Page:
Copyright © 2013. The Sensuous Curmudgeon. All rights reserved.

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16 responses to “ICR: Evolution, Climate Change, and Creationism

  1. Never underestimate the power of human stupidity to persist. I will not be here to see it but when climate change goes into full swing, you will hear the creatards screaming ‘it aint climate change!!!’

  2. So as long as it’s not E Coli adapting to acidification, obvious ID? Are they recruiting from a multiple personality disorder support group?

  3. Dean says: “So as long as it’s not E Coli adapting to acidification, obvious ID?”

    Your E. Coli comment is good. It now occurs to me that they’re departing from the usual creationist acceptance of “micro-evolution.” They seem to be saying that all evolution is designed. If the designer is responsible for everything, that creates problems they haven’t thought through. First, not everything is as harmless as a sea urchin. What about mutations that can help harmful organisms to survive? Second, there’s the “designed” failure of many harmless species to adapt and survive.

  4. To try and frame an issue within a very narrow window is typical of political speak. Who really cares about the implications of the biology of a single creature when your looking at a biological infrastructure as complex as what really occurs in nature? Until we switch to symbiotic mode instead of parasitic, we are going to scratching our heads for a long time.

  5. retiredsciguy

    If evolution were designed by an all-knowing designer, why did the designer go to all the trouble of designing all those different species of dinosaurs just to have them all wiped out by an asteroid? Certainly, the all-knowing designer would have seen the cosmic collision coming, and He would have made them able to withstand the very drastic changes that the collision would bring.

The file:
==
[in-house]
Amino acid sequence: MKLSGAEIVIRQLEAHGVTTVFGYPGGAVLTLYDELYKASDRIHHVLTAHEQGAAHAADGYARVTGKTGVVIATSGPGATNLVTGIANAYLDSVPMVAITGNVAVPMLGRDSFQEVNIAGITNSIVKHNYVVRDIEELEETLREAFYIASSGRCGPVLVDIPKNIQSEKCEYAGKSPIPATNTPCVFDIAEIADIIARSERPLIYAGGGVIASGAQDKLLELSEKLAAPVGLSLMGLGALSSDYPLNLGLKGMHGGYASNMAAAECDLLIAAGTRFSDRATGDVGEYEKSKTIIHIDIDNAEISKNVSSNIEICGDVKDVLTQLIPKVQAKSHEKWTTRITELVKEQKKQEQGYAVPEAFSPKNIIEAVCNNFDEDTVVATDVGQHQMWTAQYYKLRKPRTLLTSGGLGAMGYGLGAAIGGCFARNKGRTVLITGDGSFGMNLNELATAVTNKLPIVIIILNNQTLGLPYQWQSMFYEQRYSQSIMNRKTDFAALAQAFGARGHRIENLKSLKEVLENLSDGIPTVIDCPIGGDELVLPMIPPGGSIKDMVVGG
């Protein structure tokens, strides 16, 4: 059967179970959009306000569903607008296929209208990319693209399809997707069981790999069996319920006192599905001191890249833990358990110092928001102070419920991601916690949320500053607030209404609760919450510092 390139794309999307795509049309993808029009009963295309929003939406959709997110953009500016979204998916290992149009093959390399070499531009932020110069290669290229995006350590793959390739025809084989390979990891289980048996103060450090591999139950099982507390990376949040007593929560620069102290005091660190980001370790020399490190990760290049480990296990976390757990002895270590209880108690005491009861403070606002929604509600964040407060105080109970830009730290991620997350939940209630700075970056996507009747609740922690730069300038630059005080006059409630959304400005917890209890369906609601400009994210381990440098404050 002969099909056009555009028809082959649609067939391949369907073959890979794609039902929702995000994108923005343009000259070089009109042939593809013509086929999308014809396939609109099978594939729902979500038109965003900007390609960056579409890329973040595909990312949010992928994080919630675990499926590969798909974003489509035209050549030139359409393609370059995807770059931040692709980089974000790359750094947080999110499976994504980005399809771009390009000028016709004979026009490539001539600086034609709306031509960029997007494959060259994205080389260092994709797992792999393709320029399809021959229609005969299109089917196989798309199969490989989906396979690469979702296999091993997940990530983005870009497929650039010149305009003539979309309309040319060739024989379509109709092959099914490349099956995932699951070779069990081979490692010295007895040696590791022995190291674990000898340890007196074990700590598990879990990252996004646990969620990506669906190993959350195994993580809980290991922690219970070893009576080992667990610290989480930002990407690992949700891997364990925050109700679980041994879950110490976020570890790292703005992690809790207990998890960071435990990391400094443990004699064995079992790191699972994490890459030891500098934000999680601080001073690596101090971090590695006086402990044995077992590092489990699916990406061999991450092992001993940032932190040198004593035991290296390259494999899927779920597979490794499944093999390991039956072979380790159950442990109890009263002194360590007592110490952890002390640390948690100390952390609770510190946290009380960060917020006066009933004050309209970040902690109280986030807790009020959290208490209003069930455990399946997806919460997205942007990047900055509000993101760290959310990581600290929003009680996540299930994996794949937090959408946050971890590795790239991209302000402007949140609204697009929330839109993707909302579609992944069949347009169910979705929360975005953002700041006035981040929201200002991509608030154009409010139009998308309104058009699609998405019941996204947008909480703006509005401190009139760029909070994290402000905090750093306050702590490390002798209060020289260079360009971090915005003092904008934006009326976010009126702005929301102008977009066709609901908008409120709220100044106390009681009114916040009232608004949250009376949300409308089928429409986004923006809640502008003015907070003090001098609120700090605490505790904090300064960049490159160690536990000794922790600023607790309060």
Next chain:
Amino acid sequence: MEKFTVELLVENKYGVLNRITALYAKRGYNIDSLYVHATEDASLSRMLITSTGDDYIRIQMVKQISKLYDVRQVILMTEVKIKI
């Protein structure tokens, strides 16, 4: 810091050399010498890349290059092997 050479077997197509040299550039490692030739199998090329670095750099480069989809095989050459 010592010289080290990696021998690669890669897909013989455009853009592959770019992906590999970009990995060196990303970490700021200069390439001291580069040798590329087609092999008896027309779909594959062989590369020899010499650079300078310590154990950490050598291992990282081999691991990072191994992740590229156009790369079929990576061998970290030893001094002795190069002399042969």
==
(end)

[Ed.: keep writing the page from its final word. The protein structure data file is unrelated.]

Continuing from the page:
6. @retiredsciguy, one might as well ask why there was design of the adaptive immune system in vertebrates, when defense against bacteria could have been accomplished by not designing them so well (not giving them flagella, for example).

  7. L.Long is only partially right. They’ll also be blaming whatever effect of not-climate change on Teh Gays and Evolutionism. That three degrees is God’s punishment, ya see.

  8. retiredsciguy

    @TomS — Yep, all sorts of evidence supporting Darwinian evolution; no evidence that can only be explained by design. Lots of evidence against design, however.

  9. Mark Joseph

    @Our favorite Curmudgeon:
    “Doncha just love creation science?”


  10. @RSG: Clearly the dinosaurs were necessary in the early development of mammals.

  11. Oops. Closing the anchor tag, but this might be a job for Curmie.

  12. docbill1351

    First, creationists and wingnuts have a difficult time dismissing their former climate skeptic poster child Richard Muller, but they do anyway. Muller pulled together a team and analyzed ALL the climate data they could find and demonstrated conclusively (see that word, read it again) that not only is climate change real but individual events such as the Industrial Revolution and the impact of the automobile can be clearly identified.

    Idiots like Oklahoma’s Jim Inhoff who used to point to Muller as a legitimate skeptic supporting their belief now call his study “biased” and that Muller was “bought off.” Of course, with no evidence, and no evidence will sway creationists and wingnuts.

    Second, on Science Friday a few weeks ago (I think) there was an interview with some oyster ranchers and researchers in Seattle (or somewhere northwest) about how the pH of the ocean has dropped enough that oysters are having a difficult time forming shells. They get pinholes that cause the oyster to get a disease or die or not mature, I forget which, or all. Anyway, not good for the oyster.

    They said that the ocean absorbs 95% of the CO2 released into the atmosphere and that if we managed to hold emissions to their current rate or dropped them, the oceans would return to the previous pH in 100 years or so.

    100 years! That’s what they said. The damage is done. But, it gets worse. They also said that if current release levels of CO2 continue to the end of the century it will take 10,000 years for the oceans to recover.

    Yes, 10,000 years. I haven’t looked into these estimates in any detail, rather this was the upshot of the discussion about oyster farming and research.

  13. All fixed, oh great crimson sphere, and may I add that your link was very funny.

  14. I had forgotten that cartoon even had a caption, but it is entirely relevant to The Controversy.

  15. If climate change is real…then how come there are still monkeys?
    /// 😉

  16. retiredsciguy

    @TA: Our heros, the dinosaurs!